On a recent Sunday afternoon between spring rainstorms, parking for the Bonneville Shoreline trailhead overflowed onto the street. Less than 24 hours before, rain had flooded the trail. Now, people with dogs, people on mountain bikes, and people out with friends and family formed a stream of constant activity up and down the dirt paths.
It’s been a long, wet spring in Salt Lake City—cooler than normal, it seems. The rhubarb in the garden, normally a weed of a plant, is coming in slowly, taking its time. The tulips that wither in the heat have remained perfectly cupped and fresh in the yards along my street. It is a perfect spring, and I should be content. But cloudy days make me sleepy and irritable—and I have yet to hear of any outdoor sport that depends on a good hard rain.
Wondering if I was letting my pessimistic attitude get the better of me and keep me inside, I Googled “rain sports” hoping to discover some exhilarating game I had never heard of before. The search brought up some news headlines: rain postpones numerous Tuesday sporting events, rain washes out most of season-opening slate, rain plays havoc with junior golf.
My closest positive hit came from a children’s website that suggested rainy-day activities like pingpong, Nerf basketball and Wii, none of which particularly fit the theme of outdoor recreation. So, I went back to my original plan: lower-foothill trail running between storms.
There are inevitably going to be days in the spring when trail running isn’t appropriate. But, after the rain stops, I like to give a place like the Bonneville Shoreline Trail (BST) a try. This extensive trail system currently extends more than 100 miles. The entire trail runs a huge traverse along the valley’s benches, or foothills, the shoreline of the ancient Lake Bonneville. Being low-elevation, the trail is one of the first out of the snow. And, while its lack of dense or towering vegetation makes it a hot run in the summer, it makes for a relatively dry route in the spring.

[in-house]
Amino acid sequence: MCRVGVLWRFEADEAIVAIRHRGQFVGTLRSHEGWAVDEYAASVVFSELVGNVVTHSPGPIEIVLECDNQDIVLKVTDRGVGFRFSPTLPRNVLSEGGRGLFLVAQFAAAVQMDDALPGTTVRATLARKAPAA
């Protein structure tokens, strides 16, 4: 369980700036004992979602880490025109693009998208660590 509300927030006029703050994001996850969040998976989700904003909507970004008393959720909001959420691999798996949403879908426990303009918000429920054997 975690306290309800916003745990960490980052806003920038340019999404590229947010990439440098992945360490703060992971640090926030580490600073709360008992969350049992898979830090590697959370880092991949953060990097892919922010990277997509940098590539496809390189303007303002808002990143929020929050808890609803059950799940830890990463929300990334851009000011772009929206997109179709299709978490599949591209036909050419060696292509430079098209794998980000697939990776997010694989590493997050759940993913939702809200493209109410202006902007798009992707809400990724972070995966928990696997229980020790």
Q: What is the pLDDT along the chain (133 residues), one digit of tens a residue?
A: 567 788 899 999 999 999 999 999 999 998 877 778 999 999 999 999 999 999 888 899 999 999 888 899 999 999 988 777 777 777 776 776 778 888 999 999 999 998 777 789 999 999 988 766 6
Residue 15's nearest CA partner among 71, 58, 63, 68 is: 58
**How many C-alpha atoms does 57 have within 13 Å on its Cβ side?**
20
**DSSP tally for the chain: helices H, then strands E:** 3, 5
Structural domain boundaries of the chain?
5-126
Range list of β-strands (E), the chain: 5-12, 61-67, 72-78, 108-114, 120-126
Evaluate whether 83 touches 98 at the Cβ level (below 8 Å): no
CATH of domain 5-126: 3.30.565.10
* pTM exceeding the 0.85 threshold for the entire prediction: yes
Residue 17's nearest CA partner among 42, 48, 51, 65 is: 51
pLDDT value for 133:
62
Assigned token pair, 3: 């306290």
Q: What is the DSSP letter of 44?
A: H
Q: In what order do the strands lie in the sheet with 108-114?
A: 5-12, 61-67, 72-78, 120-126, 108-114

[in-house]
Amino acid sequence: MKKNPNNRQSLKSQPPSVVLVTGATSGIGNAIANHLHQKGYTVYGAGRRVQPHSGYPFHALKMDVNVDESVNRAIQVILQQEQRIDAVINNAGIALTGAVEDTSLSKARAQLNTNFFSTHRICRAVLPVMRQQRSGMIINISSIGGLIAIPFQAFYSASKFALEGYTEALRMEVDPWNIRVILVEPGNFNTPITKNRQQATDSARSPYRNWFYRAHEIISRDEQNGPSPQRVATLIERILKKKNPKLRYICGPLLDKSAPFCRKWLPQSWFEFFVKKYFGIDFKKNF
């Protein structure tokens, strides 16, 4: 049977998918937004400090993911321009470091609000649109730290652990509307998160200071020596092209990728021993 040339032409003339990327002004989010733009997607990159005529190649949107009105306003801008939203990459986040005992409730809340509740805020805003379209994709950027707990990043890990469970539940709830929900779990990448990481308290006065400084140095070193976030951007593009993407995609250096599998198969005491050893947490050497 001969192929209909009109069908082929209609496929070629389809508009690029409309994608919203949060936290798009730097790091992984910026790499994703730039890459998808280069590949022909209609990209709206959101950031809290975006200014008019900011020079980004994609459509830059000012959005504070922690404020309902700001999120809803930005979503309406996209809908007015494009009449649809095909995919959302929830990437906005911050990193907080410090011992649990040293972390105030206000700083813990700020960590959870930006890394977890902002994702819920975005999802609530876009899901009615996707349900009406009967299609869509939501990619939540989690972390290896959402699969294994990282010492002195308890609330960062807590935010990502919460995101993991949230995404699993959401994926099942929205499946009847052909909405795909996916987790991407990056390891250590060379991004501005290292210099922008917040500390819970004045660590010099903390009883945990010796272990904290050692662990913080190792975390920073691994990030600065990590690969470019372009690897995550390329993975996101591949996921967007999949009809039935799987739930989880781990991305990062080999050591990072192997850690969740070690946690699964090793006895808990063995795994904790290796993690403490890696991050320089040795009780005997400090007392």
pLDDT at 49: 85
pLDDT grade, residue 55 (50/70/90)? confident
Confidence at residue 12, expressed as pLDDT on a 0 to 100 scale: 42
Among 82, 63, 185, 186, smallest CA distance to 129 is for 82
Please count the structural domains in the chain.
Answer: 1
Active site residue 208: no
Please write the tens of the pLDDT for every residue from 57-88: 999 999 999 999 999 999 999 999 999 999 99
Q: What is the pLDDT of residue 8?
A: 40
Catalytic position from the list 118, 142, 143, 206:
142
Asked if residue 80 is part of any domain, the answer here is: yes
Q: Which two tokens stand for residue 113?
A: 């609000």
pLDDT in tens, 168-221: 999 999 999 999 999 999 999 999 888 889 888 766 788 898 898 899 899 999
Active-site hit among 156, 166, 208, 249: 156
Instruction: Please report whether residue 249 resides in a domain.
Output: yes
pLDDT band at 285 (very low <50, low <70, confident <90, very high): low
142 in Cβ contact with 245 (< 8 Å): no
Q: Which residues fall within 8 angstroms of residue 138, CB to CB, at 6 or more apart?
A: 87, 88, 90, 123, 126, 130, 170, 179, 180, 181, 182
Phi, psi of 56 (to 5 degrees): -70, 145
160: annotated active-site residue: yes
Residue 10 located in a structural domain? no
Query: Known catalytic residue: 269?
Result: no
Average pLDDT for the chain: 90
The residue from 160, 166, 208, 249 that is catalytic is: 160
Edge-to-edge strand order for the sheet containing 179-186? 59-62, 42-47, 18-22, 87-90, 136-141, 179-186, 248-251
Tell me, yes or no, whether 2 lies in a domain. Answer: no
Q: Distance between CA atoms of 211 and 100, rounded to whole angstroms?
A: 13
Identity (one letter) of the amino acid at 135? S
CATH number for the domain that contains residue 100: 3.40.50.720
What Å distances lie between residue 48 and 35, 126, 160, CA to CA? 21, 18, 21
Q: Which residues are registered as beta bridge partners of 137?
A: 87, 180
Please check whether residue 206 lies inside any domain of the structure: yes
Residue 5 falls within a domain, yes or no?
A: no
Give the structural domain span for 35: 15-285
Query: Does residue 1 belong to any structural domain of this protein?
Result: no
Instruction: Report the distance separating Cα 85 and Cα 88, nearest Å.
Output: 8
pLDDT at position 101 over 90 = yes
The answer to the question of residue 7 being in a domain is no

I hadn’t tried the BST since the snow dried up, so I decided to check it out. The dogs and I began our run at the Emigration Canyon Trailhead, across the street from the Hogle Zoo (2600 E. Sunnyside Ave.). I chose the quickly climbing trail on my left (when facing uphill), a straight shot up to the weave of rolling paths leading off to the west. To my surprise and delight, every inch was dry.
The temperature for the day was topping out around 55 degrees, but by the time I had passed above This Is the Place Heritage Park and reached the gate dividing the Emigration section of the trail from the Research Park section, I was ready to take off my thermal layer.
Where the fence crosses the BST, the trail crests a bit before flowing gently onward, downhill and to the north. From this point, the view out and across the valley is unobstructed by trees or telephone lines. The lake stands out, its massive presence felt suddenly and surprisingly. From up on the Bonneville Shoreline, it’s hard not to contemplate the serene waters, reflecting different shades at every hour and season. Down in the sinkhole of the city, one can forget about this aqueous presence and only be reminded of the proximity of its salty shores when a stray wind blows some stench eastward.
The lake is beautiful, and great. Standing there in observance, I gave thanks for the opportunity to rise above the city and the daily, mundane worries it brings, and for the chance to contemplate something greater and more whole than myself. Taking another breath, I continued. The trail undulated gently and invitingly.